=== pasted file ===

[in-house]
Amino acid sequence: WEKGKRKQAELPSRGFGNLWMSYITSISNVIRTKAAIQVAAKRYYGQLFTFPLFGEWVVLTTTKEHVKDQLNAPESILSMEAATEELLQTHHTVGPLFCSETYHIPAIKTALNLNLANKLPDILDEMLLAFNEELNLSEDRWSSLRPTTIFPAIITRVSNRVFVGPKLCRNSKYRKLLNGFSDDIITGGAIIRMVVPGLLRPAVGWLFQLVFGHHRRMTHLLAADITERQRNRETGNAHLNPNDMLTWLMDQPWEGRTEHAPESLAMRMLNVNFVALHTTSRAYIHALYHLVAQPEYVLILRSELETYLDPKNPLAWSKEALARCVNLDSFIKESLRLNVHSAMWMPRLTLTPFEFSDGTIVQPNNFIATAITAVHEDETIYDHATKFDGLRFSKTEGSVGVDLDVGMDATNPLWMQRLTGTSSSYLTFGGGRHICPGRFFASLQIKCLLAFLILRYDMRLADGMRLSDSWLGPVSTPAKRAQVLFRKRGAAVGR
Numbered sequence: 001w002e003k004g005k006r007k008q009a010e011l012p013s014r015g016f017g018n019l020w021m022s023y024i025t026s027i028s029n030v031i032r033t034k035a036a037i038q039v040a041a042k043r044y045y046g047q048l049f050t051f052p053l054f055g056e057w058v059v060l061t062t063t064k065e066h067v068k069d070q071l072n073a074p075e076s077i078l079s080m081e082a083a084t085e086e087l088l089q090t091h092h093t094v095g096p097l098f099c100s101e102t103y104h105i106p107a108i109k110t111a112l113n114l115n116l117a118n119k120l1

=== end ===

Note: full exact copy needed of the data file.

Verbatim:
[in-house]
Amino acid sequence: WEKGKRKQAELPSRGFGNLWMSYITSISNVIRTKAAIQVAAKRYYGQLFTFPLFGEWVVLTTTKEHVKDQLNAPESILSMEAATEELLQTHHTVGPLFCSETYHIPAIKTALNLNLANKLPDILDEMLLAFNEELNLSEDRWSSLRPTTIFPAIITRVSNRVFVGPKLCRNSKYRKLLNGFSDDIITGGAIIRMVVPGLLRPAVGWLFQLVFGHHRRMTHLLAADITERQRNRETGNAHLNPNDMLTWLMDQPWEGRTEHAPESLAMRMLNVNFVALHTTSRAYIHALYHLVAQPEYVLILRSELETYLDPKNPLAWSKEALARCVNLDSFIKESLRLNVHSAMWMPRLTLTPFEFSDGTIVQPNNFIATAITAVHEDETIYDHATKFDGLRFSKTEGSVGVDLDVGMDATNPLWMQRLTGTSSSYLTFGGGRHICPGRFFASLQIKCLLAFLILRYDMRLADGMRLSDSWLGPVSTPAKRAQVLFRKRGAAVGR
Numbered sequence: 001w002e003k004g005k006r007k008q009a010e011l012p013s014r015g016f017g018n019l020w021m022s023y024i025t026s027i028s029n030v031i032r033t034k035a036a037i038q039v040a041a042k043r044y045y046g047q048l049f050t051f052p053l054f055g056e057w058v059v060l061t062t063t064k065e066h067v068k069d070q071l072n073a074p075e076s077i078l079s080m081e082a083a084t085e086e087l088l089q090t091h092h093t094v095g096p097l098f099c100s101e102t103y104h105i106p107a108i109k110t111a112l113n114l115n116l117a118n119k120l1